This blog is part of a series highlighting recent research illustrating various benefits of expanding Medicaid – from improving health and state budget savings to reducing rates of uninsurance and uncompensated care costs. Previous blogs in this series can be found here, here and here.
Rural hospitals in states that expanded Medicaid were better able to continue being a lifeline for their communities, a new study published in Health Affairs finds. Researchers at the University of Colorado found that the Affordable Care Act’s expansion of Medicaid can be tied to significant reductions in the probability of hospital closures. Since Medicaid expansion helped millions of previously uninsured adults gain coverage for the first time, hospitals in these states saw an increase in patients covered by Medicaid and a corresponding decrease in uncompensated care, which improved their overall bottom lines and helped them keep their doors open.
Overall, hospitals in states that expanded Medicaid were over six times less likely to close than hospitals in non-expansion states. Perhaps the most striking finding, however, is that half of the hospital closures that occurred since 2014 could have been avoided if the respective state had expanded Medicaid. The researchers also found that hospitals in expansion states experienced additional benefits – including significantly better financial performance – than those in non-expansion states.
The decreased closure probability was most significant for rural hospitals in areas with more than 10 percent uninsured rates prior to expansion. Hospitals in these areas were 81 percent less likely to close on average than rural hospitals in non-expansion states.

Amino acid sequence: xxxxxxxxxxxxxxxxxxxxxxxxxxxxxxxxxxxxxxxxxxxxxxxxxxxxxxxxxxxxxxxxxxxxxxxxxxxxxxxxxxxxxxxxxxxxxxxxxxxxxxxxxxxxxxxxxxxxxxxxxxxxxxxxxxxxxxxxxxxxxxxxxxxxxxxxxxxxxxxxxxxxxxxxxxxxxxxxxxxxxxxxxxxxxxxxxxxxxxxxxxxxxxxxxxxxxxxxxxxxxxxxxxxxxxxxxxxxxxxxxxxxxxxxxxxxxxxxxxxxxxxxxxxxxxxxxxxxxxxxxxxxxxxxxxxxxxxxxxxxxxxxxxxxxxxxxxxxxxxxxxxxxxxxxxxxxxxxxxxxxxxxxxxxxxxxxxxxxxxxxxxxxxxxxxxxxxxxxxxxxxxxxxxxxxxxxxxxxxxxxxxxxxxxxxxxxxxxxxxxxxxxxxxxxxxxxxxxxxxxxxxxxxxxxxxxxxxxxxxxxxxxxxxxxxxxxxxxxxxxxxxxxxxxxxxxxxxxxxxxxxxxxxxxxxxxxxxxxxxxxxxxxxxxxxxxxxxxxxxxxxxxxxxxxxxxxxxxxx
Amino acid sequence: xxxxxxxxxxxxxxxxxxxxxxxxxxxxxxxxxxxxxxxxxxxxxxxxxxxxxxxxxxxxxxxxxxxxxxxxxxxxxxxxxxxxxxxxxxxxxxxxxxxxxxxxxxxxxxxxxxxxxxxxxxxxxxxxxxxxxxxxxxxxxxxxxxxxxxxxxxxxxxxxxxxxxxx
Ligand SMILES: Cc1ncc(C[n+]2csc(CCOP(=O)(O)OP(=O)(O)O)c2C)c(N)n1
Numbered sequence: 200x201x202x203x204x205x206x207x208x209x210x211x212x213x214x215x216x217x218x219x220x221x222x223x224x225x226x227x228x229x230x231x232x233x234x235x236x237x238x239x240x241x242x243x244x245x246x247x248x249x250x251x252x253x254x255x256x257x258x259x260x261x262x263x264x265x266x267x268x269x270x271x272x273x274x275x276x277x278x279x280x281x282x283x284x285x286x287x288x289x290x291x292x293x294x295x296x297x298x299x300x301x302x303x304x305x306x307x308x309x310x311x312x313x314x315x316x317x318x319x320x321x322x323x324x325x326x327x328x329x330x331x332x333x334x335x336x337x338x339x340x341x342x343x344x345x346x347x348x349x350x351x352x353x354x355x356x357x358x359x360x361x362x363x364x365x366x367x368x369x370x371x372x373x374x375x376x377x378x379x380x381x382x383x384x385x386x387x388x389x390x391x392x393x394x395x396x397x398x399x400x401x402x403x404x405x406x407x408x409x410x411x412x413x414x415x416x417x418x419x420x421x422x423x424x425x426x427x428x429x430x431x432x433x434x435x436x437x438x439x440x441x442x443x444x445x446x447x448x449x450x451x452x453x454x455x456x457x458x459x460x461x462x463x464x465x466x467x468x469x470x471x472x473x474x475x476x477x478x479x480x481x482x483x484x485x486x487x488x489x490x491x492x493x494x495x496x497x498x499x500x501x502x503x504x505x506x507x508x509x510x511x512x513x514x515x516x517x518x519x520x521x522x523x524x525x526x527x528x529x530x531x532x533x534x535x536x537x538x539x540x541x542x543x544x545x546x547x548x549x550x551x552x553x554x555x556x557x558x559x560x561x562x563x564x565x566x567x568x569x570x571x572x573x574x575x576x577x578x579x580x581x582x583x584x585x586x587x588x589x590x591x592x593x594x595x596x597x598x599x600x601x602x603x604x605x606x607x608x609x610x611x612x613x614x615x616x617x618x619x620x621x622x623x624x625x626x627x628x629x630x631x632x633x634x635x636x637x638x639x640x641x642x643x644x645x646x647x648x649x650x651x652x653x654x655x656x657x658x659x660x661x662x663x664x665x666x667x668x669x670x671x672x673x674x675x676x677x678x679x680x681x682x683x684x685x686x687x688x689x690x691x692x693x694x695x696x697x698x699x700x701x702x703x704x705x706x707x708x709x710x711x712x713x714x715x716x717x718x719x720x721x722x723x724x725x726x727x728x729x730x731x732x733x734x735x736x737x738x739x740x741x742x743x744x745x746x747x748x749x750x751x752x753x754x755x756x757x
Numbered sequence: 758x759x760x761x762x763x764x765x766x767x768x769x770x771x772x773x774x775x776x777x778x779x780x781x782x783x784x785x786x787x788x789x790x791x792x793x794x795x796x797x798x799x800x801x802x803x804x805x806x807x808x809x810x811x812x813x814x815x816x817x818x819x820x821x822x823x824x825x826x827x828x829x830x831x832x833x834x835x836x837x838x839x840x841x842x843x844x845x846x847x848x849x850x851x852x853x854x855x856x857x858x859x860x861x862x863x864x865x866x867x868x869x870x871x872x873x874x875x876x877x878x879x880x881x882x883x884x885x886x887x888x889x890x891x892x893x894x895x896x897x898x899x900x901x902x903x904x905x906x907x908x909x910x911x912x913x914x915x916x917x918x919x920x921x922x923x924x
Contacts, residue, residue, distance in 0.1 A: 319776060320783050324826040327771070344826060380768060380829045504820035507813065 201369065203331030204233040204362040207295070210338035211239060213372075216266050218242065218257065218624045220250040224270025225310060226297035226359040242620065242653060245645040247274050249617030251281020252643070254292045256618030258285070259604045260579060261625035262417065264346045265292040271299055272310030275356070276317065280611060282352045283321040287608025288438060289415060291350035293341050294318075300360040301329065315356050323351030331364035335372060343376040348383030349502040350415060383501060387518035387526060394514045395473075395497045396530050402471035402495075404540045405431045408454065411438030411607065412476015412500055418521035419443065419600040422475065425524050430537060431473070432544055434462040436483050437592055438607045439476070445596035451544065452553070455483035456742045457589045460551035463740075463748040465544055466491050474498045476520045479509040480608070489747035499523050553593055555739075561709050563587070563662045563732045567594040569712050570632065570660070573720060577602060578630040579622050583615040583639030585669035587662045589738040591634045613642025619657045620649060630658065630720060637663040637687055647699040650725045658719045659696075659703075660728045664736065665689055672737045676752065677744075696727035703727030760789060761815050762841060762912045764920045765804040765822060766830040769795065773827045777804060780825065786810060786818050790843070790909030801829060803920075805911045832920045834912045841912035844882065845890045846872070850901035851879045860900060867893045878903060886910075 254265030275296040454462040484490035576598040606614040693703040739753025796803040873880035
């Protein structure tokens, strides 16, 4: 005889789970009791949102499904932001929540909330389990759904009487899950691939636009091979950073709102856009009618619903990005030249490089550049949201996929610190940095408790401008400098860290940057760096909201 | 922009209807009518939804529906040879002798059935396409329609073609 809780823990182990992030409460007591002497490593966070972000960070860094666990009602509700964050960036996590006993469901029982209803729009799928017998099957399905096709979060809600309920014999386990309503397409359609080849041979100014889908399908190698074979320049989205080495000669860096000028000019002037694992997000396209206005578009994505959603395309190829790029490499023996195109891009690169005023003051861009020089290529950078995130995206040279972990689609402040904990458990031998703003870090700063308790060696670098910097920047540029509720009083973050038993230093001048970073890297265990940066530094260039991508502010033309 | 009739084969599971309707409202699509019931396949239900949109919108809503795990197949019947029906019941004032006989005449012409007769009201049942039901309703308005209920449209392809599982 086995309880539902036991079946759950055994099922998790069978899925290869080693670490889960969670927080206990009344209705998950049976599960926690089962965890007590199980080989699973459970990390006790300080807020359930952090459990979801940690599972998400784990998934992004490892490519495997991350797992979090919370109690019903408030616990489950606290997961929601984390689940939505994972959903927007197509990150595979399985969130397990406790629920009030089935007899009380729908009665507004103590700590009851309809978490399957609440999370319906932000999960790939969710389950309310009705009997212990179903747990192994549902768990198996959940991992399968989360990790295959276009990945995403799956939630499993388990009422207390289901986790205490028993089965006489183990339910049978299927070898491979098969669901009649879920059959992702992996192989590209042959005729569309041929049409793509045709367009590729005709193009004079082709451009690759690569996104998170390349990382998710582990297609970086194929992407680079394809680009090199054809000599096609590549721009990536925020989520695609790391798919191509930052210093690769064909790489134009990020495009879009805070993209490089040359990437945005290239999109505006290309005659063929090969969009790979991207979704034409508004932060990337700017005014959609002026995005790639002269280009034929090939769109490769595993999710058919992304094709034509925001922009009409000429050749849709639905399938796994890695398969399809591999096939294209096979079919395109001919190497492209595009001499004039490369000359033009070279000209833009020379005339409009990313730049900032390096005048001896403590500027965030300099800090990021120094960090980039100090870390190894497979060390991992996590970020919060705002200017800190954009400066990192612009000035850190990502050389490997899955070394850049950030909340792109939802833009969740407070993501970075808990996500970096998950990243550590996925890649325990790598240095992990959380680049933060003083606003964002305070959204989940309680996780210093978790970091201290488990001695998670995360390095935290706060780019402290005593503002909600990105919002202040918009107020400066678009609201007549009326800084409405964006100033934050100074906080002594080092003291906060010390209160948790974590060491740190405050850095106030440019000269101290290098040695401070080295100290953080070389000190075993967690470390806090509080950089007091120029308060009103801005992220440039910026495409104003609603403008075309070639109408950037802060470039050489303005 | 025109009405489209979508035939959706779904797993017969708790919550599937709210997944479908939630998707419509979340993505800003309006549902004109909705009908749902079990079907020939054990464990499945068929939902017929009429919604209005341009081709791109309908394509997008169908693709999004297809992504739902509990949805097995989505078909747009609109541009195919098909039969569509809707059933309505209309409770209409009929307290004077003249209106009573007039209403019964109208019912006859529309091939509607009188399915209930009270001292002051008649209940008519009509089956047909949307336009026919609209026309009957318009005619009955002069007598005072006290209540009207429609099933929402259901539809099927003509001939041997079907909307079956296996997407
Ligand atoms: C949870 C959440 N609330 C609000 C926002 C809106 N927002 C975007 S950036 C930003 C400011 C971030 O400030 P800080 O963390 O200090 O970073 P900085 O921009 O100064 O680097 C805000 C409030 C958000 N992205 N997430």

This research now sits atop a mountain of evidence on the various benefits of expanding Medicaid. In September, a comprehensive literature review of the impacts of expansion found dramatic differences in access to and affordability of coverage, overall health and financial security for residents of expansion states versus non-expansion states. Most recently, a report from the Brookings Institution concluded that Medicaid expansion initiatives, both prior to and as a result of the Affordable Care Act, and be linked to a significant reduction in crime.
With so much to gain from expanding Medicaid, it is disappointing and concerning that 18 states have unfortunately still decided against expanding their programs, leaving their hospitals to bear the burden of uncompensated care and thousands of their residents to remain uninsured. But each new piece of evidence makes the message of expansion louder and clearer. Now is the time for policymakers in non-expansion states to heed that message and do what is best for their state and its residents.